While ministering to these young girls, Katariina earned her master's of law degree in intercultural human rights. Then in 2011, she formed a non-profit called There Is H.O.P.E for Me (www.ThereIsHopeforMe.org). The acronym comes from Katariina's desire to provide healing, opportunity, purpose, and empowerment to trafficking victims.
Working in tandem with the F.B.I., Homeland Security, and local police, Katariina visits jails, schools, foster homes, strip clubs, and other locations where children or young women are at risk for trafficking.
"I share my testimony and then offer women the opportunity to sign up for mentoring," Katariina says. "Initially, some of the facilities didn't want me to speak about the Bible, so I've had to come up with creative ways to share my faith and hope found in God's Word."
Once the girls sign up for mentoring, Katariina gives them a form she created with the F.B.I. that helps identify victims of trafficking. "Then we take the appropriate steps to make sure these girls get the help they need, whether it's providing lawyers, law enforcement, or mental health services," she explains. "Some need assistance with their family, or help getting their G.E.D. Others just need food. Many of these girls come from single-parent homes, and there's not enough to eat."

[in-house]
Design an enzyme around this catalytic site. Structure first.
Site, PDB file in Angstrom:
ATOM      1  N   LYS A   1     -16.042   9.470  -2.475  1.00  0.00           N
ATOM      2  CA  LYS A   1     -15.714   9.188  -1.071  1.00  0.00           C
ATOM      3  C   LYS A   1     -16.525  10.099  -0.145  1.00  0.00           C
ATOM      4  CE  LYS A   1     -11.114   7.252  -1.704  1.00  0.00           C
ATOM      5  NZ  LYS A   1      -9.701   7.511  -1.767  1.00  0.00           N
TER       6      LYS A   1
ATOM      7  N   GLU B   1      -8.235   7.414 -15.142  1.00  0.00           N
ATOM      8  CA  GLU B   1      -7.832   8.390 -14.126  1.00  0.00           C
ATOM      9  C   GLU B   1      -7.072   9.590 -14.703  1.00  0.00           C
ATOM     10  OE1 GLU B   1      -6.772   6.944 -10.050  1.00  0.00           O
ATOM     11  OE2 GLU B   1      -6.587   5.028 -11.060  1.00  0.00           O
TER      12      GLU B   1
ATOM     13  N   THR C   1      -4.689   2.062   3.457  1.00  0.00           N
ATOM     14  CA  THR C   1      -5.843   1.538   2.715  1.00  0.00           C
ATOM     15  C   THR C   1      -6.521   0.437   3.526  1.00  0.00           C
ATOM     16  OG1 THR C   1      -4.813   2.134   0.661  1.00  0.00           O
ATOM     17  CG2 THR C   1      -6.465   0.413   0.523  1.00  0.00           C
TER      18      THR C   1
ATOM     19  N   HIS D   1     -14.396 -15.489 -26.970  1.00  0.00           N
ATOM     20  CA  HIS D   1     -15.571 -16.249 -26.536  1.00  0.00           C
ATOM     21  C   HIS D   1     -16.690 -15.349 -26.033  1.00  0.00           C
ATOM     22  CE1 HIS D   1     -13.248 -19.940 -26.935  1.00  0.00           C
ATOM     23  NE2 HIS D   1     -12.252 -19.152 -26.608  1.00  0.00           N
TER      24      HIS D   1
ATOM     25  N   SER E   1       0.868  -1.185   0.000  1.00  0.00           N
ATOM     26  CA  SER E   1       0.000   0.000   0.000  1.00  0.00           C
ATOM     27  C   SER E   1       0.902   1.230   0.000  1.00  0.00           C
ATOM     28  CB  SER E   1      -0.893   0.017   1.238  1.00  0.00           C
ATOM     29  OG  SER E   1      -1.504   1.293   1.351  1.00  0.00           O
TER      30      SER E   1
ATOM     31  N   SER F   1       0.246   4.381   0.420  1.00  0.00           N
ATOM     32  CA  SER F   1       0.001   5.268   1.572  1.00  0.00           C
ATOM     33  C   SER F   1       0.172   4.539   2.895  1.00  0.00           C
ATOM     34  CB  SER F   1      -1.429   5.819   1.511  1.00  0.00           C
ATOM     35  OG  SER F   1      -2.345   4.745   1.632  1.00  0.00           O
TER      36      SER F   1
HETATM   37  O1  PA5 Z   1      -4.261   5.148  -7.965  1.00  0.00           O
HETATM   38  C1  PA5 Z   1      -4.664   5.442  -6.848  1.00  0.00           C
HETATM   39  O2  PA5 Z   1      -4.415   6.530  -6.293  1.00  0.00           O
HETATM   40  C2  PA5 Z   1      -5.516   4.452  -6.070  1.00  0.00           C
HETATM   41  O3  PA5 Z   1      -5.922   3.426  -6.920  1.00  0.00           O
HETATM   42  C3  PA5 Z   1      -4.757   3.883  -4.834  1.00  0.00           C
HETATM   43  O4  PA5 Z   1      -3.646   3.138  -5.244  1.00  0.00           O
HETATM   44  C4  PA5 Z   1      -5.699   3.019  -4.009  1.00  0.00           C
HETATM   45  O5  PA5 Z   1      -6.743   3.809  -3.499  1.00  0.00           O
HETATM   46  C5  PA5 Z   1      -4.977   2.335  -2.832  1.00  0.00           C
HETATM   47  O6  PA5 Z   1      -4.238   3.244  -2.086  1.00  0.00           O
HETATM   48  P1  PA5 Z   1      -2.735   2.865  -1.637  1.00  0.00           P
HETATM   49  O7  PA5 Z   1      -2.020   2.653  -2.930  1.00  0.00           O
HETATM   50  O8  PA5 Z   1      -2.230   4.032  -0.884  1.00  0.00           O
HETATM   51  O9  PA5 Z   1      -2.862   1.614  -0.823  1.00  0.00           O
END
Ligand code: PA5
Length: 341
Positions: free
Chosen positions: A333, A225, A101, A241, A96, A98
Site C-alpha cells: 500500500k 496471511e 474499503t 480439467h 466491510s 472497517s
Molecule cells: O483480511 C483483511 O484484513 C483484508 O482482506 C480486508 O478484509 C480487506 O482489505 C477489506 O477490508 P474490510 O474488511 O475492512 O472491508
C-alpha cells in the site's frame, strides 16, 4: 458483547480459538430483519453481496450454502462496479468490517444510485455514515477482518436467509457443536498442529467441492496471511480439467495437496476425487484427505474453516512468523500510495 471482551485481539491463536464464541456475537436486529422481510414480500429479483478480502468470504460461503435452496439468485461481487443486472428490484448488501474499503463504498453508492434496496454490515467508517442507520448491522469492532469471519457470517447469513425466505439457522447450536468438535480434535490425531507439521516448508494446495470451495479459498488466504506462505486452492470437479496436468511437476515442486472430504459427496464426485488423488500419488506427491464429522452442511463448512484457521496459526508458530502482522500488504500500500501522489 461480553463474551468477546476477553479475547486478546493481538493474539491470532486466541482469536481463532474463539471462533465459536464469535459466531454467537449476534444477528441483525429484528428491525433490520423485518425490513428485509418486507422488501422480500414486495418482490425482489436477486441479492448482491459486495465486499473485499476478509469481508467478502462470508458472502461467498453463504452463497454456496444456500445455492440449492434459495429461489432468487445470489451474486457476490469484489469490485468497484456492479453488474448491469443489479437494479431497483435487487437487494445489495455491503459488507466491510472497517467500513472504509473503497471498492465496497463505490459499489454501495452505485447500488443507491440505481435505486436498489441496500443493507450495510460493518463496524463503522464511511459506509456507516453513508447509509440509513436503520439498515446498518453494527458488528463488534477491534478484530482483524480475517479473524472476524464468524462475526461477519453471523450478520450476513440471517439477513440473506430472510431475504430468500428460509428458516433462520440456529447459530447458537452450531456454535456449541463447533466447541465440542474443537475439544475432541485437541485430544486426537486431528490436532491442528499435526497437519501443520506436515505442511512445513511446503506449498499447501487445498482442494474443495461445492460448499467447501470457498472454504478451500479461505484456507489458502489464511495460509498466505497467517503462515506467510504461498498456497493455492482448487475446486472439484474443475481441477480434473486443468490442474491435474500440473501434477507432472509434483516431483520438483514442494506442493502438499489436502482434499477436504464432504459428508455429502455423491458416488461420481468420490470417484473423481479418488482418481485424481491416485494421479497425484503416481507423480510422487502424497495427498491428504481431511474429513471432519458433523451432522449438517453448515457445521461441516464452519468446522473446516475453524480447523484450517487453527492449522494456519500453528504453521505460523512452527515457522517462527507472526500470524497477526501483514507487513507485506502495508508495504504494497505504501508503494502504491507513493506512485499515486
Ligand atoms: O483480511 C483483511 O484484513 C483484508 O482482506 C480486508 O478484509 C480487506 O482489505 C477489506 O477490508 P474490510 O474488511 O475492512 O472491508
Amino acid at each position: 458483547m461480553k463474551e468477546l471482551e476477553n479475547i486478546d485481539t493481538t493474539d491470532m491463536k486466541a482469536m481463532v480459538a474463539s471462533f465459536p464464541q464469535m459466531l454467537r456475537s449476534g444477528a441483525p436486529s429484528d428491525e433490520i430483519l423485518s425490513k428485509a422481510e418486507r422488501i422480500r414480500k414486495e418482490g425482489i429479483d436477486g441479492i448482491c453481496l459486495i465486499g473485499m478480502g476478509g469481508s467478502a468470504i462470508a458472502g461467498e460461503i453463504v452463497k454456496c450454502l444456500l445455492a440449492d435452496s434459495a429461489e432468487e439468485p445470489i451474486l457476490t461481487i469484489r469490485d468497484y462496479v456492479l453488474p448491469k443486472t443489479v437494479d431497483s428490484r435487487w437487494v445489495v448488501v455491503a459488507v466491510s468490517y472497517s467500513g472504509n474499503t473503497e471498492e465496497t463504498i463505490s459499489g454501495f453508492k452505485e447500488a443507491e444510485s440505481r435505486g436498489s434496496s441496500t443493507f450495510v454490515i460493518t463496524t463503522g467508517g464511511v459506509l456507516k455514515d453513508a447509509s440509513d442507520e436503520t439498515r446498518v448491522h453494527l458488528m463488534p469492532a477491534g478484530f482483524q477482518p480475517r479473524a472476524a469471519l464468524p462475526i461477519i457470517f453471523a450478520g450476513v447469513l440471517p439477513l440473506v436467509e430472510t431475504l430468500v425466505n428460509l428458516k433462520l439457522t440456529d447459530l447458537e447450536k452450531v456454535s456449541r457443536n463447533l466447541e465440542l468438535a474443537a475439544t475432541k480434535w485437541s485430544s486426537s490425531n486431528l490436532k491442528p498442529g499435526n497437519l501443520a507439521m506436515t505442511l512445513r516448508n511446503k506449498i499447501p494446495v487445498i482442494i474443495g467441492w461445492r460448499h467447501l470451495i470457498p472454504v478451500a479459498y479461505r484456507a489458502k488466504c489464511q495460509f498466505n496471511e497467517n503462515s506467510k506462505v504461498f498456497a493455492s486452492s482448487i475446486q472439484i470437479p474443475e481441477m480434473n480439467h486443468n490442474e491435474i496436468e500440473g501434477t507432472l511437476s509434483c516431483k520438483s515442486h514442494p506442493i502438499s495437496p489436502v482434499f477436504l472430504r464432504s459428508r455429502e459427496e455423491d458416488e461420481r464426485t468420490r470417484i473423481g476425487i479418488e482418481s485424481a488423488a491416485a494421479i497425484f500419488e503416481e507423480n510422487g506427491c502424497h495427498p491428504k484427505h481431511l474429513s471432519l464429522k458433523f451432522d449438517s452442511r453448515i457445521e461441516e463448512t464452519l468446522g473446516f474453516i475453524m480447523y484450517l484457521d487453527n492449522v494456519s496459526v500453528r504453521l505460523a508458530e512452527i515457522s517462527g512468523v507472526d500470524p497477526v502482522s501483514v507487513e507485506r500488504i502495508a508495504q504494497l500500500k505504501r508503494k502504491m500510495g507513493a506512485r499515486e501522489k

Katariina's role as a liaison between these girls and law enforcement has proven critical, because many victims don't initially feel safe speaking to the authorities. "Girls are afraid they'll get arrested," Katariina says. "I tell them about the Trafficking Victims Protection Act, a federal law that protects children as victims and not perpetrators. Law enforcement agents appreciate my program because otherwise they have a hard time getting kids to talk."
Happening to Our Children
Like Katariina, young girls who become trapped in trafficking often are from broken or poor homes, foster children, or runaways. The Internet is also a major force in recruiting young girls with the promise of money, friendship, or meeting a short-term need.